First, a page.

The PostgreSQL server returns a command status string, such as INSERT 149592 1, for each command it receives. This is simple enough when there are no rules involved, but what happens when the query is rewritten by rules?
Rules affect the command status as follows:
If there is no unconditional INSTEAD rule for the query, then the originally given query will be executed, and its command status will be returned as usual. (But note that if there were any conditional INSTEAD rules, the negation of their qualifications will have been added to the original query. This might reduce the number of rows it processes, and if so the reported status will be affected.)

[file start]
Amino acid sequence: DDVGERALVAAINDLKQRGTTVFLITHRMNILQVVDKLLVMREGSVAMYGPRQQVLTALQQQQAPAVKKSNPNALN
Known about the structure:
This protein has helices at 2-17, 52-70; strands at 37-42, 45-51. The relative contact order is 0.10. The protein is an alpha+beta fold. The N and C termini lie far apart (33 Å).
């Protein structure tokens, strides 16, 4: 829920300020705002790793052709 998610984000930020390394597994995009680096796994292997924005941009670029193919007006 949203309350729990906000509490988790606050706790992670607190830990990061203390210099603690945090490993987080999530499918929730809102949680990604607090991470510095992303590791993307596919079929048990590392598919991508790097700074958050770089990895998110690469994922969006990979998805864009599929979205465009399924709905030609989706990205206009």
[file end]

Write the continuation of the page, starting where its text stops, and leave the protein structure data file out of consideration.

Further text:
If there is any unconditional INSTEAD rule for the query, then the original query will not be executed at all. In this case, the server will return the command status for the last query that was inserted by an INSTEAD rule (conditional or unconditional) and is of the same command type (INSERT, UPDATE, or DELETE) as the original query. If no query meeting those requirements is added by any rule, then the returned command status shows the original query type and zeroes for the row-count and OID fields.
(This system was established in PostgreSQL 7.3. In versions before that, the command status might show different results when rules exist.)
The programmer can ensure that any desired INSTEAD rule is the one that sets the command status in the second case, by giving it the alphabetically last rule name among the active rules, so that it gets applied last.